This reminds me of the one coworker everyone has that marks every e-mail “URGENT,” even those about the communal fridge—after a while, we all stop listening. It’s imperative to be able to identify what really warrants a feminist outrage (assuming you have the correct info, of course!). Otherwise we risk over-saturating our audience.

4. Offer suggestions for improvement/solutions.

While I love Jezebel, one thing that has always driven me crazy about some of their posts is that they feel like nothing but laments. While (as previously mentioned) rants feel good, without providing identifiable and practicable solutions (or at least the beginnings of them), we’re really just participating in another form of slacktivism.

5. Attempt to reach outside your “typical” audience.

One risk we run when writing within these communities is that of “preaching to the choir,” as I discussed in my first post on this topic, and when we do this we’re missing out on a huge opportunity for change. Let’s take feminism for example. While it is valuable to impart information of a “feminist” slant to women, to assist them in forming their opinions on matters and to make them feel less alone, it’s even more valuable in many situations to get this information to men. Think about it—if we’re offering solutions, and many (I’m not saying all!) of the problems are being perpetuated primarily by men, we need to reach these men in order to see a change! It makes sense, right?

Obviously, reaching a wide and varied audience is not as easy as it sounds, but use the tools you have at hand. Post to general audience websites as opposed to just Jezebel or Luna Luna—or, if you’re feeling really brave, post a response on a website with opposing ideals. Use Twitter, Facebook, Tumblr, Reddit, etc. (social media is one of the great equalizers, in this country at least) to branch out. Don’t be afraid to promote your work, and don’t be afraid to go outside of your familiar zones!

6. Open up room for discussion of all viewpoints.

This, to me, is so so so important. Blogging is different (and in many ways better) than traditional journalism because, similarly to Twitter, it allows readers to interact with their media and introduce both adjacent and opposing opinions. While I understand Nico Lang’s point here about the comments section on blog posts being a hotbed of insults and hurtful assumptions, I strongly believe that, especially in fields such as ours, getting a variety of feedback (hopefully from your variety of readers!) is extremely extremely valuable to the evolution of these ideas. That’s why we’re all part of an online community, isn’t it? Check out the comments here for a really great example of how an article “discussion” might look if it were censored by the author to include only his/her viewpoints (also, just check out that article if you’re looking for your daily dose of WTF.)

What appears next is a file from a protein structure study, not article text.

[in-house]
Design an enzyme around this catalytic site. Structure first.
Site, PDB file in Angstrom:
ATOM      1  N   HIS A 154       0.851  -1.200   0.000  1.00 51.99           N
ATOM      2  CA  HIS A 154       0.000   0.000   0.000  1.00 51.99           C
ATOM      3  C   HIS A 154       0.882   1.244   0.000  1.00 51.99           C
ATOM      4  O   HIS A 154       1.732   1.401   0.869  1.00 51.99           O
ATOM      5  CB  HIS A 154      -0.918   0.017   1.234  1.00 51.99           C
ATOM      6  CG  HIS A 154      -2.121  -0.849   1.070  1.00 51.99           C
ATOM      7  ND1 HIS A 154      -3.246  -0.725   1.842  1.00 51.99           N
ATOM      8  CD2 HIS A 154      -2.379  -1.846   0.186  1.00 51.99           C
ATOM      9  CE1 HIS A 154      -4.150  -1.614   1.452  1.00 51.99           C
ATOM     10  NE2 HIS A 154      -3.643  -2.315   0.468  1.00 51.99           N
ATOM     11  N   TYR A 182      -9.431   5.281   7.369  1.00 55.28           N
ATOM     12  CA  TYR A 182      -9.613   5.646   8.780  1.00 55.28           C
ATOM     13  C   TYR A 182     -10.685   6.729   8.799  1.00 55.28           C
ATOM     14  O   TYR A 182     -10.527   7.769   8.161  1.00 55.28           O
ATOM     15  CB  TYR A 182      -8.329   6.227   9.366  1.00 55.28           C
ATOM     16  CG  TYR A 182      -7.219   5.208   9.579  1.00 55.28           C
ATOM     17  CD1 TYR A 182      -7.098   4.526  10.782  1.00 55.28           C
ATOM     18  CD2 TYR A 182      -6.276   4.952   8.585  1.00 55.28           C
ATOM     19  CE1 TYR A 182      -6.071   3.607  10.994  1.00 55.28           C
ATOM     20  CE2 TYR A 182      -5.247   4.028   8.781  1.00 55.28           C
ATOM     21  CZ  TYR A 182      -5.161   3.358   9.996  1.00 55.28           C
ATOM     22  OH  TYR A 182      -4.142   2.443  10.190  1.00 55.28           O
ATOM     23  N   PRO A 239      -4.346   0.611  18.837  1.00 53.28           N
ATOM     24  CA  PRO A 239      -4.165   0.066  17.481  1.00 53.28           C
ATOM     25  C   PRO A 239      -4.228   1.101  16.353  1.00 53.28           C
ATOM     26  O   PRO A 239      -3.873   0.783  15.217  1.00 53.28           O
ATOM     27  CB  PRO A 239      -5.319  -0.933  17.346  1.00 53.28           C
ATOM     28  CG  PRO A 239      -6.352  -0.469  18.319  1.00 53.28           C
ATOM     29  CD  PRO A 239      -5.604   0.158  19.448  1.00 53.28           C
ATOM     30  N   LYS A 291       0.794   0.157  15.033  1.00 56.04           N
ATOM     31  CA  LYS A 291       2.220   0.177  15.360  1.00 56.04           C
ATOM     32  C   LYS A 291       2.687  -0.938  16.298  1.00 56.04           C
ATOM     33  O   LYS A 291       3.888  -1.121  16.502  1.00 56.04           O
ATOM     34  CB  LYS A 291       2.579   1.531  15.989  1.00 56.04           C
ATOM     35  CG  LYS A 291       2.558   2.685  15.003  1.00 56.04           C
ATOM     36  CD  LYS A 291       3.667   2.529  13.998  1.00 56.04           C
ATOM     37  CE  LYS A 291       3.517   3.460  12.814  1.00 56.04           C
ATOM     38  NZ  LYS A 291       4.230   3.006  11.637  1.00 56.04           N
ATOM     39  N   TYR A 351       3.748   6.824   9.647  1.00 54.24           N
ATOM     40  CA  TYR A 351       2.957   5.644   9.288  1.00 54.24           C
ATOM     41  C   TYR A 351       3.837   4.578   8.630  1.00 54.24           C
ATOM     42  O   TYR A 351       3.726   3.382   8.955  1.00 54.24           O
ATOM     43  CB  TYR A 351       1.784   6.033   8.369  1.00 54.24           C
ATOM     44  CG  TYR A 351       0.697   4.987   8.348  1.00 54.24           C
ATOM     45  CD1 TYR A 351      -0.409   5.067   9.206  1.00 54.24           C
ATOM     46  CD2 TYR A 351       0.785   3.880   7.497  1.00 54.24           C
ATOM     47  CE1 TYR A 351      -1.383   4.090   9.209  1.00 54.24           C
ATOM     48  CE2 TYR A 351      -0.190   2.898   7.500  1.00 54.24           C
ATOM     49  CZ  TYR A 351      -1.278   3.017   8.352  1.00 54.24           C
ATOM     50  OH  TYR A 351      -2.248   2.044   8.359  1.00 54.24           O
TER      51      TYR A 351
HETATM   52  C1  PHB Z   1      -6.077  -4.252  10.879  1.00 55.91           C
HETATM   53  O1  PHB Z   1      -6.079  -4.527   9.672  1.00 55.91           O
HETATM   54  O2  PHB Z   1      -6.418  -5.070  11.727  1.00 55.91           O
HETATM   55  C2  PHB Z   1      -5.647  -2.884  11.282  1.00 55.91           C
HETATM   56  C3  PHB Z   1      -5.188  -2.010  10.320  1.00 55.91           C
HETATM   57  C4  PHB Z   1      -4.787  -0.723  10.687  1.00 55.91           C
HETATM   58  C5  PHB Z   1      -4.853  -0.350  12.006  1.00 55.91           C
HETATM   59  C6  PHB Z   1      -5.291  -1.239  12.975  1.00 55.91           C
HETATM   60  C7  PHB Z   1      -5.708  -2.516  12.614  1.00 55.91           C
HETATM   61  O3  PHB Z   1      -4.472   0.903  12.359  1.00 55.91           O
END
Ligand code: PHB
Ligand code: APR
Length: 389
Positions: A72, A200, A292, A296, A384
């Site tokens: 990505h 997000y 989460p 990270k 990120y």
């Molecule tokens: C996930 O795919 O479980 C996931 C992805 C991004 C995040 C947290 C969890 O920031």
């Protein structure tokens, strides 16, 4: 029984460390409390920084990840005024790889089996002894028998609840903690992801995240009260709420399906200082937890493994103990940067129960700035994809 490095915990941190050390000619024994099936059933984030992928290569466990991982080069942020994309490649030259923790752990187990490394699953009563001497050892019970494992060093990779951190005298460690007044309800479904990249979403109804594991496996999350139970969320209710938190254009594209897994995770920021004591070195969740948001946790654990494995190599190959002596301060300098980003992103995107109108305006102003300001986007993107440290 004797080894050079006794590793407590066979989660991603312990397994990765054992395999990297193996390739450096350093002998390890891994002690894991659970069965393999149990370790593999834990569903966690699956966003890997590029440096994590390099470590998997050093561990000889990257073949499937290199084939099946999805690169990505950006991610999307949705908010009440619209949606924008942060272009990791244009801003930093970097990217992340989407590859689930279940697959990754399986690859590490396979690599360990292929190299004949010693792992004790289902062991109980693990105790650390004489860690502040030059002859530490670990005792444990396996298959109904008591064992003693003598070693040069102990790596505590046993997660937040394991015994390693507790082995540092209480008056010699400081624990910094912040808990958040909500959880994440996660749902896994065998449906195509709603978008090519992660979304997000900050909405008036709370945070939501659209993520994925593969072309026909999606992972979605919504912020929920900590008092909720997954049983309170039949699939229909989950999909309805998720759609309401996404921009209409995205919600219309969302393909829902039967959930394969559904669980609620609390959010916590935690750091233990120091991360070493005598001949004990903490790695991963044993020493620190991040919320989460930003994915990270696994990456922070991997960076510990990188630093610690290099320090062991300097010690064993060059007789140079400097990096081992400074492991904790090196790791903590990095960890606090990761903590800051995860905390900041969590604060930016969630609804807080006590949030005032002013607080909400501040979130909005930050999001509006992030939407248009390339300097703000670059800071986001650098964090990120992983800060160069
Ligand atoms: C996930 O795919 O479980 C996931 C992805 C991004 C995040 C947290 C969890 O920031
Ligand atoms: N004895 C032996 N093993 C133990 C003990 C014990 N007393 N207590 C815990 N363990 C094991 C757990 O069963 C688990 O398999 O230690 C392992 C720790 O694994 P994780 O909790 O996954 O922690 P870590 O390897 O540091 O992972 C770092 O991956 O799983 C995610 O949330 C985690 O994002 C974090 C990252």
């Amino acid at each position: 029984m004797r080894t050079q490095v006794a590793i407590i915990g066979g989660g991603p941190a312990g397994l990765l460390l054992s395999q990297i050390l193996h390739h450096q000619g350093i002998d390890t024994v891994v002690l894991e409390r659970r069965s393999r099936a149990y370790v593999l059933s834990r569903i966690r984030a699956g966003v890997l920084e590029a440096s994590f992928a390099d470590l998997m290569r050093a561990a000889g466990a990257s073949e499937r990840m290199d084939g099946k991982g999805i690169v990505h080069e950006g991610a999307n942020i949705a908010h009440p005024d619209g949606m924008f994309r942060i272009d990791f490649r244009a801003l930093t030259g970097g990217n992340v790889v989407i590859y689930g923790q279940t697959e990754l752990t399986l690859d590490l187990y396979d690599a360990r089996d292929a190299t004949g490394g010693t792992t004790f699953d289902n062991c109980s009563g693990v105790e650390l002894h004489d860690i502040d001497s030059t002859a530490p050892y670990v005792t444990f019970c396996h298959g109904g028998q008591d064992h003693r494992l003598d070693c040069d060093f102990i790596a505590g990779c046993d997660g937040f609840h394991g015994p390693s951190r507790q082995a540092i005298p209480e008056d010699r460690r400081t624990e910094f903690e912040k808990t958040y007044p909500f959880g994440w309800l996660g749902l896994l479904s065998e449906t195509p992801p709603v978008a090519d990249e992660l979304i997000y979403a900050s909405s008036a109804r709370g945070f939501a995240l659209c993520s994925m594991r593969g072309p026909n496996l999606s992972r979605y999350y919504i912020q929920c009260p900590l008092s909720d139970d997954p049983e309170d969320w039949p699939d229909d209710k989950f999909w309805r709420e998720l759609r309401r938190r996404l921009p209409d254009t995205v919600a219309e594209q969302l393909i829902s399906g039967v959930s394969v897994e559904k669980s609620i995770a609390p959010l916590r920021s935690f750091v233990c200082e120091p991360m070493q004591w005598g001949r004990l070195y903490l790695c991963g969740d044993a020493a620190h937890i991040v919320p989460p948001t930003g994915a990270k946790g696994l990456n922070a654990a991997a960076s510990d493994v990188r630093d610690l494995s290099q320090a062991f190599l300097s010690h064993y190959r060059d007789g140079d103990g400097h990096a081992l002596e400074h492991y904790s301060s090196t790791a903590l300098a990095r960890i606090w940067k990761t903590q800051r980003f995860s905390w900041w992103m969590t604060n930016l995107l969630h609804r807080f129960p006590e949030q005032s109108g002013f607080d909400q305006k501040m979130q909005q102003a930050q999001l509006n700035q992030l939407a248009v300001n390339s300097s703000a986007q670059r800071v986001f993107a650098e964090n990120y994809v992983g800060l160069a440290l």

That leads me to my last point…

7. Stay open-minded and listen!

Even when we’re reporting civilly on completely accurate information and offering solutions, we’re going to encounter criticism and conflict—especially when we reach out to those outside our typical community. Hopefully, this criticism will be equally civil and constructive, but even when it’s not, it’s important that we consider the points of others. A community such as the one feminists have been able to form online fosters an evolution of thought, and that very word indicates that the thought is never finished changing. We should never, ever be afraid to change our minds, admit we were wrong, even apologize when necessary—and we should ensure that we are leaving room for others to do so, as well.


Image via Flickr.

Alecia is a logophile and a library bandit wanted in several states. In addition to feminist rants, she also writes essays, short stories, bad poetry, recipes and very detailed to-do lists. She currently resides in a little blue cabin in Woodstock with one fiancé, one Dachshund and one pleasantly plump cat. Find her tweeting @alecialynn.

One thought on “Internet Activism Part III: 7 Responsibilities We Have To The Internet

  1. Pingback: How Do YOU React To Street Harassment? |